Mau Piailug bigraphy, stories - Micronesian navigator from the Carolinian island of Satawal and a teacher of traditional, non-instrument wayfinding methods for deep-sea voyaging

Mau Piailug : biography

01 January 1932 - 12 July 2010

Pius "Mau" Piailug (pronounced ; 1932 – July 12, 2010) was a Micronesian navigator from the Carolinian island of Satawal, best known as a teacher of traditional, non-instrument wayfinding methods for deep-sea voyaging. Mau's Carolinian navigation system—which relies on navigational clues using the sun and stars, winds and clouds, seas and swells, and birds and fish—was acquired through rote learning passed down through teachings in the oral tradition. He earned the title of master navigator (palu) by the age of eighteen, around the time the first American missionaries arrived in Satawal. As he neared middle age, Mau grew concerned that the practice of navigation in Satawal would disappear as his people became acculturated to Western values. In the hope that the navigational tradition would be preserved for future generations, Mau shared his knowledge with the Polynesian Voyaging Society (PVS). With Mau's help, PVS used experimental archaeology to recreate and test lost Hawaiian navigational techniques on the Hōkūle‘a, a modern reconstruction of a double-hulled Hawaiian voyaging canoe.

The successful, non-instrument sailing of Hōkūle‘a to Tahiti in 1976, proved the efficacy of Mau's navigational system to the world. To academia, Mau's achievement provided evidence for intentional two-way voyaging throughout Oceania, supporting a hypothesis that explained the Asiatic origin of Polynesians. The success of the Micronesian-Polynesian cultural exchange, symbolized by Hōkūle‘a, had an impact throughout the Pacific. It contributed to the emergence of the second Hawaiian cultural renaissance and to a revival of Polynesian navigation and canoe building in Hawaii, New Zealand, Rarotonga and Tahiti. It also sparked interest in traditional wayfinding on Mau's home island of Satawal. Later in life, Mau was respectfully known as a grandmaster navigator, and he was called "Papa Mau" by his friends with great reverence and affection. He received an honorary degree from the University of Hawaii, and he was honored by the Smithsonian Institution and the Bishop Museum for his contributions to maritime history. Mau's life and work was explored in several books and documentary films, and his legacy continues to be remembered and celebrated by the indigenous peoples of Oceania.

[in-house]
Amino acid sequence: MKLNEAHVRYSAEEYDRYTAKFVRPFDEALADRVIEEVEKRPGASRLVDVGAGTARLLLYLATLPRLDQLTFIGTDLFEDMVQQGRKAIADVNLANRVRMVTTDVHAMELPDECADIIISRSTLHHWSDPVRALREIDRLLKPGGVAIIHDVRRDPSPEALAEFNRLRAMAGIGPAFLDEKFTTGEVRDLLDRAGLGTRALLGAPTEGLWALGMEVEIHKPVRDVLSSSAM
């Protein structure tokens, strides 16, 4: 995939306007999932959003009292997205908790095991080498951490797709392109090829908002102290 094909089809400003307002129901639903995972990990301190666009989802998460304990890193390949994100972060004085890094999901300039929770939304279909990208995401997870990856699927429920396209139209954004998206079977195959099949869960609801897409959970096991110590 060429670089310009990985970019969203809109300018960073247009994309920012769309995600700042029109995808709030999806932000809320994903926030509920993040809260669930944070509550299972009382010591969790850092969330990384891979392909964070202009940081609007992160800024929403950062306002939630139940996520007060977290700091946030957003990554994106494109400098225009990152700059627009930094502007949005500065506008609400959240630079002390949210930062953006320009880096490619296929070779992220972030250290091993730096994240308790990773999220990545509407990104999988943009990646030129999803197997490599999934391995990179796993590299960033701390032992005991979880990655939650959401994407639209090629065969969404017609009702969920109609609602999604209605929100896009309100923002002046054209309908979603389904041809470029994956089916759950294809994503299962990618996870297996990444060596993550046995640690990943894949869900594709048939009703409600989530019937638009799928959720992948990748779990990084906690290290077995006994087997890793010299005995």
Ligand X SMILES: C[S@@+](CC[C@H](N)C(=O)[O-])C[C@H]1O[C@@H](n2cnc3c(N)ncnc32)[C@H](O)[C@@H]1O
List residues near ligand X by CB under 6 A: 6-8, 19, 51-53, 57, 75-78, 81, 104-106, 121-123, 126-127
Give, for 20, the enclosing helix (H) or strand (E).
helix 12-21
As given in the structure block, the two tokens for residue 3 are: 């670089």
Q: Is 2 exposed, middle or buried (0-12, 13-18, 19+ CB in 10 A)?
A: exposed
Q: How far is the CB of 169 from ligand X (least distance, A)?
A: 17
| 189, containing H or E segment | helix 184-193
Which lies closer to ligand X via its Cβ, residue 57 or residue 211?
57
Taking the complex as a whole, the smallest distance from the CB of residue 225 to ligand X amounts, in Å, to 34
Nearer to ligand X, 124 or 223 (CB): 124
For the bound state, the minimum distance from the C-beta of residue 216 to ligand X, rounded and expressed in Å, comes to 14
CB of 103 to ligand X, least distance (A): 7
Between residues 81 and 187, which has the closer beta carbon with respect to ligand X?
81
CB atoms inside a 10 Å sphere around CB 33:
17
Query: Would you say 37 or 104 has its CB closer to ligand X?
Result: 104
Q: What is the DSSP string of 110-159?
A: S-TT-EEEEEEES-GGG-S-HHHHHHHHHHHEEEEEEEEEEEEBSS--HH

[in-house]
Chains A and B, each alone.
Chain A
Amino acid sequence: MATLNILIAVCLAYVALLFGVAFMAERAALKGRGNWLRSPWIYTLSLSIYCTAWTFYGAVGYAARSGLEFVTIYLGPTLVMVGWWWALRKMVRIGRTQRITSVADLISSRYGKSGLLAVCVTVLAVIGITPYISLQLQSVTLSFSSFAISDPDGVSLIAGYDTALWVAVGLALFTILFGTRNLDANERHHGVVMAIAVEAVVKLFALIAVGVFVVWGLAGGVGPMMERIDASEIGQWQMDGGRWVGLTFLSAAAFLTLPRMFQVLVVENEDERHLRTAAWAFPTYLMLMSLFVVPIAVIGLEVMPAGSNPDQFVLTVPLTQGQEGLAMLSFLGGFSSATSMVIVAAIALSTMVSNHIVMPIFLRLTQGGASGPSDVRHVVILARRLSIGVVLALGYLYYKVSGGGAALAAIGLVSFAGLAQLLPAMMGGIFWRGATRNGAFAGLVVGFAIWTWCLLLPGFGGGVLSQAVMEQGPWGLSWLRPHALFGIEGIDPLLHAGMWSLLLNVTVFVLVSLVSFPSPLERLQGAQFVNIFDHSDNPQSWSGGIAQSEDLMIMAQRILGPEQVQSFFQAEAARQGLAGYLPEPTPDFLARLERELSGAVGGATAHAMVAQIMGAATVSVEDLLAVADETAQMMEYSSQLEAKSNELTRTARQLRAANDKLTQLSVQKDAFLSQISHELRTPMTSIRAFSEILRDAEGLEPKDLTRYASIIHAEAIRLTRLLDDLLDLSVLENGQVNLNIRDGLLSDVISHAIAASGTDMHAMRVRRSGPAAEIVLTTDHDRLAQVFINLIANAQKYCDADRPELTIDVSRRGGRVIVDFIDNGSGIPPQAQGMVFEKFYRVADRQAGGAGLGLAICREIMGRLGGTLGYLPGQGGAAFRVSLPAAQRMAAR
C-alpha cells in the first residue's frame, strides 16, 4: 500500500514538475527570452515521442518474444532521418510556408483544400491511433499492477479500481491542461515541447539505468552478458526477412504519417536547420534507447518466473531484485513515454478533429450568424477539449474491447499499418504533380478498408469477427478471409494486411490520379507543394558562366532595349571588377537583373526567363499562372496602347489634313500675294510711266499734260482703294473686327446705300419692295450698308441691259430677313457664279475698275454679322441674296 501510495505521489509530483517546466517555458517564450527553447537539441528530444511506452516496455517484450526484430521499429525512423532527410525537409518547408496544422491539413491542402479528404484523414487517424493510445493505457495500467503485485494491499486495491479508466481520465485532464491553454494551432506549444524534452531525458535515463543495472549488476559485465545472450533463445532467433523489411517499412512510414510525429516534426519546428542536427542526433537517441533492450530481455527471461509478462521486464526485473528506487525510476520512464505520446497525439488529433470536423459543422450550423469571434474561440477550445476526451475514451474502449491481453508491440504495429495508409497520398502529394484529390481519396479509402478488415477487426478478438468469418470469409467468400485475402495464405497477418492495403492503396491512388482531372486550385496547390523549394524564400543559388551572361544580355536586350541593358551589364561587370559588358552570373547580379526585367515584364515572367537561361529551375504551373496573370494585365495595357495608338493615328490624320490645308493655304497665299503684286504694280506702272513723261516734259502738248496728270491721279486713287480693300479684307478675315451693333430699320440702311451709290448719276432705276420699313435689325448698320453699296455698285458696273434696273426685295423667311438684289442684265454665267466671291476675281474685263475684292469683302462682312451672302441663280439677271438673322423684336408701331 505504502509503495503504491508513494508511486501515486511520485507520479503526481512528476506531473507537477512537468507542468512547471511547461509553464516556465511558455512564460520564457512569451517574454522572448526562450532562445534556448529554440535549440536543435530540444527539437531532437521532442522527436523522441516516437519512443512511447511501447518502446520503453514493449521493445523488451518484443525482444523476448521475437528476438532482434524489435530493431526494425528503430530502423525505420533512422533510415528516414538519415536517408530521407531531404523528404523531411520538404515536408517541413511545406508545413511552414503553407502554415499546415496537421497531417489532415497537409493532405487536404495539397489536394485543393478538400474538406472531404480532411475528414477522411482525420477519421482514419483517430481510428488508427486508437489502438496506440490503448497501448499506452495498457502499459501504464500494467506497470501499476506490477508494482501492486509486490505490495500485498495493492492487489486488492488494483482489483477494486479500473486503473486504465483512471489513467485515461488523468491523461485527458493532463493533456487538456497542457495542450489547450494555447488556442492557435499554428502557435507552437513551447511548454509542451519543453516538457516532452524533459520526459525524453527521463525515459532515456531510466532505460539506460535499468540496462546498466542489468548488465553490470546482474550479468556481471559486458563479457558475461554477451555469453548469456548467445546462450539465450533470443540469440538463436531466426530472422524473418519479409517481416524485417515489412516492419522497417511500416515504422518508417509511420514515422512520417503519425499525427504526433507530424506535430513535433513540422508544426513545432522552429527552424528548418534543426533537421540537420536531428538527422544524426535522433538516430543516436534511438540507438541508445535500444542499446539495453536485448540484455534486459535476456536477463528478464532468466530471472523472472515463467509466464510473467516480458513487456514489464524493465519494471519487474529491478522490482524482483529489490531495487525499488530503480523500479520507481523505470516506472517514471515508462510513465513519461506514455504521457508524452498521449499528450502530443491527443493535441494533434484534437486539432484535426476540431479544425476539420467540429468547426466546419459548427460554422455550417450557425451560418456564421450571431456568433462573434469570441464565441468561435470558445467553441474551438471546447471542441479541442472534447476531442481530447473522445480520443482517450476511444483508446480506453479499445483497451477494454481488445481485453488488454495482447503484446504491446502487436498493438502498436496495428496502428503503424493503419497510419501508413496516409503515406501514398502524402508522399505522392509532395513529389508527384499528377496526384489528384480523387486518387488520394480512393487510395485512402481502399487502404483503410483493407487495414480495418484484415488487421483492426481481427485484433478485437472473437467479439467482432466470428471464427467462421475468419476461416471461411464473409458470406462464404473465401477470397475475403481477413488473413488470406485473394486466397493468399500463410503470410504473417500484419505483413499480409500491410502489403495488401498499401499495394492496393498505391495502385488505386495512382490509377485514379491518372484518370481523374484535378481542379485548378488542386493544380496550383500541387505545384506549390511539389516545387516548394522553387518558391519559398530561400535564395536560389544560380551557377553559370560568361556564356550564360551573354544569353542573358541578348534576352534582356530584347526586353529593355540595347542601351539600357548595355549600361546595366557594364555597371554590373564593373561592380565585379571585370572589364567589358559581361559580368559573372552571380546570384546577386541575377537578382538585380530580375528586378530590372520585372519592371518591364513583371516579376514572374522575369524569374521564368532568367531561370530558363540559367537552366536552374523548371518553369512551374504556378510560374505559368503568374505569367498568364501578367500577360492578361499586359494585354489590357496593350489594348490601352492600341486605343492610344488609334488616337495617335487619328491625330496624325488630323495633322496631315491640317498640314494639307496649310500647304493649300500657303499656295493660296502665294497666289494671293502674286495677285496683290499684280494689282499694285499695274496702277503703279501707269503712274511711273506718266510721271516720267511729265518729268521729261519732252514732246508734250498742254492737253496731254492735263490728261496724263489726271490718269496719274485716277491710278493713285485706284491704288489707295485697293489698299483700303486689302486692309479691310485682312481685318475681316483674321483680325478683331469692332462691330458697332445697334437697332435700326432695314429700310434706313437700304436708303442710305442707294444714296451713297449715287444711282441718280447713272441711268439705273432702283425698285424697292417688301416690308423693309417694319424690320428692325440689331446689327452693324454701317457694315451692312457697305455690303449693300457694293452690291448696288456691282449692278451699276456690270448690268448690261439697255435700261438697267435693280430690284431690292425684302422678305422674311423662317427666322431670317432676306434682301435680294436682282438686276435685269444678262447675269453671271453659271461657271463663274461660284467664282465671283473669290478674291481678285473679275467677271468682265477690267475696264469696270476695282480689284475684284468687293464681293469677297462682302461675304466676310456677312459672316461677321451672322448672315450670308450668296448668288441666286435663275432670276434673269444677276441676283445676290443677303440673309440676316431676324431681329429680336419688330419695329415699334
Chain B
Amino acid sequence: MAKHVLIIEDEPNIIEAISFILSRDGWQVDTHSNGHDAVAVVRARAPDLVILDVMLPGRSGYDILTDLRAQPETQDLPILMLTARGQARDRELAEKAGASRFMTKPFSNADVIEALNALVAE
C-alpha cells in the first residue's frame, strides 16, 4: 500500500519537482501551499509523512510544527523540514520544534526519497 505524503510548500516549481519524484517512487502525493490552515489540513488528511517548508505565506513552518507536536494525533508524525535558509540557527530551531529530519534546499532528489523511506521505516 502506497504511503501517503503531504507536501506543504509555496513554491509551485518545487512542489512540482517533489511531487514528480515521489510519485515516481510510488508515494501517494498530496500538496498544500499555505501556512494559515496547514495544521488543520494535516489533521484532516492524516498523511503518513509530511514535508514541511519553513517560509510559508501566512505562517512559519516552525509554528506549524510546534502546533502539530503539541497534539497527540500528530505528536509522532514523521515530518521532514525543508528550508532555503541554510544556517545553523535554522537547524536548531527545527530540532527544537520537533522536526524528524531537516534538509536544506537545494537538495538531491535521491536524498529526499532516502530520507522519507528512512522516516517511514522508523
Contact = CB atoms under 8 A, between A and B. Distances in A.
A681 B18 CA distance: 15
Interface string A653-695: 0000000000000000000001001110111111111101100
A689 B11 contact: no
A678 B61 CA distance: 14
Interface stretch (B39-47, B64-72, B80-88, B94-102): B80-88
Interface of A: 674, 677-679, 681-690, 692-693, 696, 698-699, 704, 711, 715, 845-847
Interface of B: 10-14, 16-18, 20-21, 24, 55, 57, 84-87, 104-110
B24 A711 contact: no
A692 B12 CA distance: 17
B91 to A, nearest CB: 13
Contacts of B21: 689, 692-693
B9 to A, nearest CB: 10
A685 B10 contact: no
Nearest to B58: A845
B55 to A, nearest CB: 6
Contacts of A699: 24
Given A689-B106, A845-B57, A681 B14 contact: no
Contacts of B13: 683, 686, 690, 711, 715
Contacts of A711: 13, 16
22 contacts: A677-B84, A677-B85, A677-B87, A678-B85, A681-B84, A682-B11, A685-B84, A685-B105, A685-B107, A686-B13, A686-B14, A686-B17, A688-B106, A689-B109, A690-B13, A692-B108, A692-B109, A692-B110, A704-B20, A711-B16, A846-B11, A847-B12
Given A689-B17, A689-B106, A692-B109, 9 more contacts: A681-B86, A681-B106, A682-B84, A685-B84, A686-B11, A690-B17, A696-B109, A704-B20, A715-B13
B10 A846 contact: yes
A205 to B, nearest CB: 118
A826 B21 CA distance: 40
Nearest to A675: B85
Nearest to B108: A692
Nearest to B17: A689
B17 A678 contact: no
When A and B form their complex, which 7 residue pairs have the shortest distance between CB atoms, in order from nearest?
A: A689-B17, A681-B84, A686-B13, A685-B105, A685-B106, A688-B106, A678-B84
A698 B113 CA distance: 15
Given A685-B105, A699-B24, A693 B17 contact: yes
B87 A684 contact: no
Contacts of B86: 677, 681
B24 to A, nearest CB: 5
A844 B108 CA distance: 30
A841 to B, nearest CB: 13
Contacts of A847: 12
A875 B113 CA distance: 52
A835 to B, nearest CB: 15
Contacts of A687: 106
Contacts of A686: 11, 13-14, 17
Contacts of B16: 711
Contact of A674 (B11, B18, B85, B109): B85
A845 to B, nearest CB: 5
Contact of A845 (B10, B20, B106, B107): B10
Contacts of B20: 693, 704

Later life (1975–2010)

Hōkūle‘a

With Finney's help, Mau was awarded a special fellowship at the East-West Center. Mau returned to Honolulu in April 1975 to begin work with the Hawaii-based Polynesian Voyaging Society, eventually navigating the double-hulled canoe, Hōkūle‘a, from Hawaii to Tahiti on its maiden voyage in 1976.To follow the course of the maiden voyage by the Hōkūle‘a, see the . Mau trained and mentored Native Hawaiian navigator Nainoa Thompson, who later would become a master navigator. David Henry Lewis, a scholar of Polynesian navigation, documented Mau's work.

Mau Piailug's Voyages on Hōkūle‘a Hawaii–Tahiti
1980 Tahiti Voyage Hawaii–Tahiti–Hawaii
1985–1987 Voyage of Rediscovery Hawaii–Tahiti–Rarotonga;Waitangi–Nuku‘alofa–Pago Pago–Tutuila–Aitutaki–Rarotonga–Tautira
1995 Nā ʻOhana Holo Moana Hilo–Pape‘ete; Nuku Hiva–Hilo

Mau's first-hand knowledge of traditional navigation had been accumulated in northern hemisphere study and sailings, but the voyage to Tahiti required Mau to familiarize himself with the geography and night sky of the southern hemisphere. Of this preparation, Finney writes,

...To prepare Mau Piailug for the voyage, David Lewis briefed him on the geography of the islands in this part of the Pacific and the winds and currents that could be expected along the way, all information that an early Polynesian navigator acquainted with this route would have carried in his head. In addition, to alert Mau of how the elevation of stars above the northern and southern horizons would change as the canoe sailed farther and farther south, we held training sessions in Honolulu's Bishop Museum planetarium to graphically show how, for example, as one sailed toward Tahiti[,] Polaris sank lower and lower on the northern horizon until it disappeared at the equator while the Southern Cross curved higher and higher in the sky. During his first few days of the voyage, Mau received further coaching on the pattern of winds and currents from Rodo Williams, a veteran Tahitian seaman on the crew who the year before had sailed a yacht from Tahiti to Hawaii and could therefore provide Mau with a firsthand account of what he could expect to encounter.

Living octopus

Living octopus

In countries which are located near sea coasts, sea food is an important part of national cuisine